• ARTH311 (2019): Topics in Contemporary New Zealand Art

    20 points. Course not offered in 2019.

    This course investigates issues that have shaped contemporary art practice in New Zealand from 1960 to the present.

  • ARTH313 (2017): Topics in Renaissance Art

    20 points. Course not offered in 2017.

    This course investigates key issues in Renaissance art, including changing workshop practice, the significance of the patron, primary sources, contact with other cultures, art and antiquity and art and science. 70% internal assessment, 30% examination.

  • ARTH315 (2018): Topics in 18th-Century Art: Vision, Enlightenment and Encounter

    20 points. Course not offered in 2018.

    European voyages to the Pacific in the 18th-century dramatically expanded people's awareness of the wider world: Europeans of the Pacific, and Pacific Islanders of Europe. ARTH 315 examines the meanings and contexts of art in 18th-century European and Pacific societies, and art's role in mediating encounters across cultures.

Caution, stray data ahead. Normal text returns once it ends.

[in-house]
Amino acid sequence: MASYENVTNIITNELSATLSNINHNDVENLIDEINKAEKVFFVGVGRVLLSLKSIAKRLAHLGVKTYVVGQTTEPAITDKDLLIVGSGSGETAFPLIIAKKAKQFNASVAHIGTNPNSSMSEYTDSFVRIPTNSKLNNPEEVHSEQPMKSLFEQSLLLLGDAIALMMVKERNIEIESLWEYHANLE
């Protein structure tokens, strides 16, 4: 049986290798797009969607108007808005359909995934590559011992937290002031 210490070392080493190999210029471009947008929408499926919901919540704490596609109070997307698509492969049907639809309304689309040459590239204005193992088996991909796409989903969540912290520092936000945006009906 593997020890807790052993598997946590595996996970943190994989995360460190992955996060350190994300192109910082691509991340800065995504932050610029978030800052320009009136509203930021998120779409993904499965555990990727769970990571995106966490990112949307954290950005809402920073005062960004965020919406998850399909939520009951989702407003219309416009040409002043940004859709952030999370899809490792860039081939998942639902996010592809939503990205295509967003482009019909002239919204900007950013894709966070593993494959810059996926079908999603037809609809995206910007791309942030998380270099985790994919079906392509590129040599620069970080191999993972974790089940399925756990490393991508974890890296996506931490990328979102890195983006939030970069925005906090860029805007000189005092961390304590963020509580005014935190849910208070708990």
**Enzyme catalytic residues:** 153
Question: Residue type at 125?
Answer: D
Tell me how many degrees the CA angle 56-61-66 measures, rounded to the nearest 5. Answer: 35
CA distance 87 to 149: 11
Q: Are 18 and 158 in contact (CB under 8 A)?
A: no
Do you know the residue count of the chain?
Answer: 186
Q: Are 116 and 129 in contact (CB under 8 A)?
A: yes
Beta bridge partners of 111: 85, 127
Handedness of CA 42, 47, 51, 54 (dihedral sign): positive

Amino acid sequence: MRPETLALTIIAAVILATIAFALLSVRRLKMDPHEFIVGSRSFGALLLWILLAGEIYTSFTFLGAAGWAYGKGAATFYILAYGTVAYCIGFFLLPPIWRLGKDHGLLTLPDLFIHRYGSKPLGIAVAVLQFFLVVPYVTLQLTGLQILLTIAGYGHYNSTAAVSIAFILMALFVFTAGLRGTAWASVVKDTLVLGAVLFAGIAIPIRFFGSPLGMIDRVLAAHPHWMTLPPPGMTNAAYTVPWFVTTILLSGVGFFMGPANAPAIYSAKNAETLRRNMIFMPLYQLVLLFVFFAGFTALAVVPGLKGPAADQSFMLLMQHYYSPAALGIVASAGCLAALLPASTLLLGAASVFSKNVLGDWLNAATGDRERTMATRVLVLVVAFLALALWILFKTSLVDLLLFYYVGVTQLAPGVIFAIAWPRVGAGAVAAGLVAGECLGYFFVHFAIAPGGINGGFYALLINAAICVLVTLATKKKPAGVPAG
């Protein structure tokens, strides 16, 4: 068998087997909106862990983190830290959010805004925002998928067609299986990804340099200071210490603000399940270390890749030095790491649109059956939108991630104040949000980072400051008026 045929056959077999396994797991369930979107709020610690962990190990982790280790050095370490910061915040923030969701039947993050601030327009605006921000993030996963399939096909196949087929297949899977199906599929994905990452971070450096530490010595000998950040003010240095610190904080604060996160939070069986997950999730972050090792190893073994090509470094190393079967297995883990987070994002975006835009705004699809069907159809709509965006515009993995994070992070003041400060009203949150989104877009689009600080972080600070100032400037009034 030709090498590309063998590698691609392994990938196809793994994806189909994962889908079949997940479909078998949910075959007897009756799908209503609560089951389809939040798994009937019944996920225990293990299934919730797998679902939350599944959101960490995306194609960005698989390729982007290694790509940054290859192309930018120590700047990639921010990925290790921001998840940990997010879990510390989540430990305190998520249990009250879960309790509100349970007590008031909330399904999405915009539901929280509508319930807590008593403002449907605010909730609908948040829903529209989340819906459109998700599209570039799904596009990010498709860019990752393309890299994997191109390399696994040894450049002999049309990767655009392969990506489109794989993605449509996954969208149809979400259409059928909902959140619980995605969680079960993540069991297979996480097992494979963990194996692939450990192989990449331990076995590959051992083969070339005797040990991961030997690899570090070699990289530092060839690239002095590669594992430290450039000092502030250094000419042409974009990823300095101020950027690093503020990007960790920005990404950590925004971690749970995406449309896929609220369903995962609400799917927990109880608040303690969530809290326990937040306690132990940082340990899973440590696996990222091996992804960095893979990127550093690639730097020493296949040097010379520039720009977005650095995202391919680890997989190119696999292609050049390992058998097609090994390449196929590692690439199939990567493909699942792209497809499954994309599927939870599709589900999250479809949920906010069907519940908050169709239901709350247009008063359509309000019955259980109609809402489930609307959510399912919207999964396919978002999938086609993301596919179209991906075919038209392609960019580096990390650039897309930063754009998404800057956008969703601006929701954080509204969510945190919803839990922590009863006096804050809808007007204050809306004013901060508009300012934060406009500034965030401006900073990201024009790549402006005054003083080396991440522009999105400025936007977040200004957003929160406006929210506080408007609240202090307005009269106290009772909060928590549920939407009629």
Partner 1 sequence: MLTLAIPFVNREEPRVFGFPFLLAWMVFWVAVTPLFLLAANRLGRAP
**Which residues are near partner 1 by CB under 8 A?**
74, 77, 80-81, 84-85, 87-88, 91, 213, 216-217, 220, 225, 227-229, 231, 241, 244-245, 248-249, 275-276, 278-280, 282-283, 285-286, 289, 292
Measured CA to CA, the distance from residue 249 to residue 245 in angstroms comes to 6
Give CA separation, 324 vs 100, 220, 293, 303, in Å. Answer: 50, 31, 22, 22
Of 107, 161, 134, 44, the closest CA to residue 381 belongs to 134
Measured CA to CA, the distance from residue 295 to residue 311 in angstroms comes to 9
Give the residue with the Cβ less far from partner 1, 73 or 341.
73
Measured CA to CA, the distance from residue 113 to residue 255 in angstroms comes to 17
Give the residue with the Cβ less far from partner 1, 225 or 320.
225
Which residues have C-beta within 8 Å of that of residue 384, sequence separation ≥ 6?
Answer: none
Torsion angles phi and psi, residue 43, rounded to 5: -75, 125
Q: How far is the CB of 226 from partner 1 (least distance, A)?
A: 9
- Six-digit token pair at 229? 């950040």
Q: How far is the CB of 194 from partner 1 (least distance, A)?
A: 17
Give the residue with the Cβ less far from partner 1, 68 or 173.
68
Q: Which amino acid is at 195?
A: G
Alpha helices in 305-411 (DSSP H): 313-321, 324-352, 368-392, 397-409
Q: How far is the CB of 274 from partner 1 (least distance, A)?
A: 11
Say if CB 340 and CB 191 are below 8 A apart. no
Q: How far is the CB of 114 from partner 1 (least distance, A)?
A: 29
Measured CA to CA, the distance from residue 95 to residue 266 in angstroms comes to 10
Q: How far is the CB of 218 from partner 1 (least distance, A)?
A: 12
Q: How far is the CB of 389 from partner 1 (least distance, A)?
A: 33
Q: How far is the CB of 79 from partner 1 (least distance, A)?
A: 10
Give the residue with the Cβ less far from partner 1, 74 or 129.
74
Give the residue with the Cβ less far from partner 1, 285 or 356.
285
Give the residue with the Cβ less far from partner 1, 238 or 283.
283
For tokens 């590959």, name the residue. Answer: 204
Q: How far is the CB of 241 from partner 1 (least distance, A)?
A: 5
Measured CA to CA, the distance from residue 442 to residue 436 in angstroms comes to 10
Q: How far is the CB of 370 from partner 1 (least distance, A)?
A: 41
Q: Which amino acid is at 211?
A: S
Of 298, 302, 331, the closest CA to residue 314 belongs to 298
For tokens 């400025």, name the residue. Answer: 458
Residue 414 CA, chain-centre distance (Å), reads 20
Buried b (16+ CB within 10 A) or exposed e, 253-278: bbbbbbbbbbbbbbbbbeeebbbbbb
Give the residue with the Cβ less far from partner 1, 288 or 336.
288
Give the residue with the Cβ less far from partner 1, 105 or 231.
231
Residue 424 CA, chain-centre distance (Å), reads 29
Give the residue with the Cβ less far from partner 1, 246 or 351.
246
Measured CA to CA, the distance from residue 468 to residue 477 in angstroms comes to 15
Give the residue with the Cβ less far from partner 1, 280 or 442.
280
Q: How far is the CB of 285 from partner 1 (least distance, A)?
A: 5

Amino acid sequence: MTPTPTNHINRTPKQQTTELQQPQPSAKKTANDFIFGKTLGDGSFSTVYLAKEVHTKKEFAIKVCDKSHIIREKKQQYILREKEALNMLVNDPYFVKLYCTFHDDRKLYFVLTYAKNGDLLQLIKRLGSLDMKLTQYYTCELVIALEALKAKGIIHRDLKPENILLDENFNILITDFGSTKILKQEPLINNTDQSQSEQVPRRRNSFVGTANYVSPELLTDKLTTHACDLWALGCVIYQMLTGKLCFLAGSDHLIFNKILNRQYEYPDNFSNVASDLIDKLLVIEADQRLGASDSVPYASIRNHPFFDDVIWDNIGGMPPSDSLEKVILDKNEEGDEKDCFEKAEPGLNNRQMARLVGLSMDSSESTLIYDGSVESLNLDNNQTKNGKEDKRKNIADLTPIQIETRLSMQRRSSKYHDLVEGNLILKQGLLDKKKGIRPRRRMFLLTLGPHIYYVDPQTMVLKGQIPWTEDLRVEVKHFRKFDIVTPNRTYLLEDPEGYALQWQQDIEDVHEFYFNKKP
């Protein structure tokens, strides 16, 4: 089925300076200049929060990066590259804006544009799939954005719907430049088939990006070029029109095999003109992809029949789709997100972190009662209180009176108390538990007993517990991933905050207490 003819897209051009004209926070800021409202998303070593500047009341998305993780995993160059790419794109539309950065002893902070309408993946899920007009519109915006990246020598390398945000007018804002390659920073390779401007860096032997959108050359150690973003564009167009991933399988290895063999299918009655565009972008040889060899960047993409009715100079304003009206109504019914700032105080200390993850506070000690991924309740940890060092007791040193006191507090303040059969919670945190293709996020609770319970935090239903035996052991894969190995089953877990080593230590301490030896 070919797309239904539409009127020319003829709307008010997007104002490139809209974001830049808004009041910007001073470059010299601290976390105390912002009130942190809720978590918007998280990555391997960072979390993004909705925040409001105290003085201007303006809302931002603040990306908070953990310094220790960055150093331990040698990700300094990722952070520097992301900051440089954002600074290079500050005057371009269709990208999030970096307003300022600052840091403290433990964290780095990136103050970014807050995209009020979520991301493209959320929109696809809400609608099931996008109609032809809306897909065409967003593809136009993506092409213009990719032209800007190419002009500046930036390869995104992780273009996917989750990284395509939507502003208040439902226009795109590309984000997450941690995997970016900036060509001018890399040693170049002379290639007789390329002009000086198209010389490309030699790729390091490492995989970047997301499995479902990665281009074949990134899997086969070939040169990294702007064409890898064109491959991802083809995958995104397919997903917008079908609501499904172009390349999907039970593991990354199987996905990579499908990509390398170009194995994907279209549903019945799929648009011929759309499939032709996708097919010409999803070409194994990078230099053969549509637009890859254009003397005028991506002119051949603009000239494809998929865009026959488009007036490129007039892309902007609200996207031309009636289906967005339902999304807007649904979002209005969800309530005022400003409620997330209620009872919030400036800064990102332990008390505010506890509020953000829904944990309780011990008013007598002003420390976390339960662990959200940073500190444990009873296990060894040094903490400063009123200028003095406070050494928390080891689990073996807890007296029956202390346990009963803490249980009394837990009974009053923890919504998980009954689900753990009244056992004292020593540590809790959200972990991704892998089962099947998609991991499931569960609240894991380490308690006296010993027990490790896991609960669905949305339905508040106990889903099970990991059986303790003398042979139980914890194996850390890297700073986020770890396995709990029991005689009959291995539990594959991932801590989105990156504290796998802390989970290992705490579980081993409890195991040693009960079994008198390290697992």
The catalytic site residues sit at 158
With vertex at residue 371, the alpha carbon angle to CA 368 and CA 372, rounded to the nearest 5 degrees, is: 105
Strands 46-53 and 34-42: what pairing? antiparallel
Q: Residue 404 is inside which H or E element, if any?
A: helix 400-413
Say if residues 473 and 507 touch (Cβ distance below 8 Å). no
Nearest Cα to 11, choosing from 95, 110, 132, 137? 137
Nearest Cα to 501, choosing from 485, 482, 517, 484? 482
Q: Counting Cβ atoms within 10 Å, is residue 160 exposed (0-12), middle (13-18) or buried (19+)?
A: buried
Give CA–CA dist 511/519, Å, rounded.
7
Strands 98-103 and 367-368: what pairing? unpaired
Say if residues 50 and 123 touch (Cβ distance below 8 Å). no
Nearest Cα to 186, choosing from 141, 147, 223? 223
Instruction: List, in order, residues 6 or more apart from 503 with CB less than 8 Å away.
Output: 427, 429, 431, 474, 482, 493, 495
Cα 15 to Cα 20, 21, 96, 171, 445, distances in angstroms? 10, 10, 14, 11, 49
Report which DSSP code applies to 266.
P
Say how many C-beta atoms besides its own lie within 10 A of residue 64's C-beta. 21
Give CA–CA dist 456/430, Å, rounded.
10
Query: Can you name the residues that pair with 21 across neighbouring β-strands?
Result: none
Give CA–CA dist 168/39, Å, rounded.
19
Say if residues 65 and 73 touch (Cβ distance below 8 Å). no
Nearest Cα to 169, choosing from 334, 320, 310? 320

• ARTH316 (2019): Special Topic:Topics in 19th-Century Art

    20 points. Trimester 2. Coordinator: Peter Brunt.

    ARTH 316 surveys European art in the 19th century framed on one side by the French Revolution and the emergence of industrial capitalism and on the other by the imminence of World War One. As well as topics such as Romanticism, Realism and Impressionism, the course will examine 19th century institutions and innovations such as the art school, the art museum, the commercial gallery, the art market and the art critic.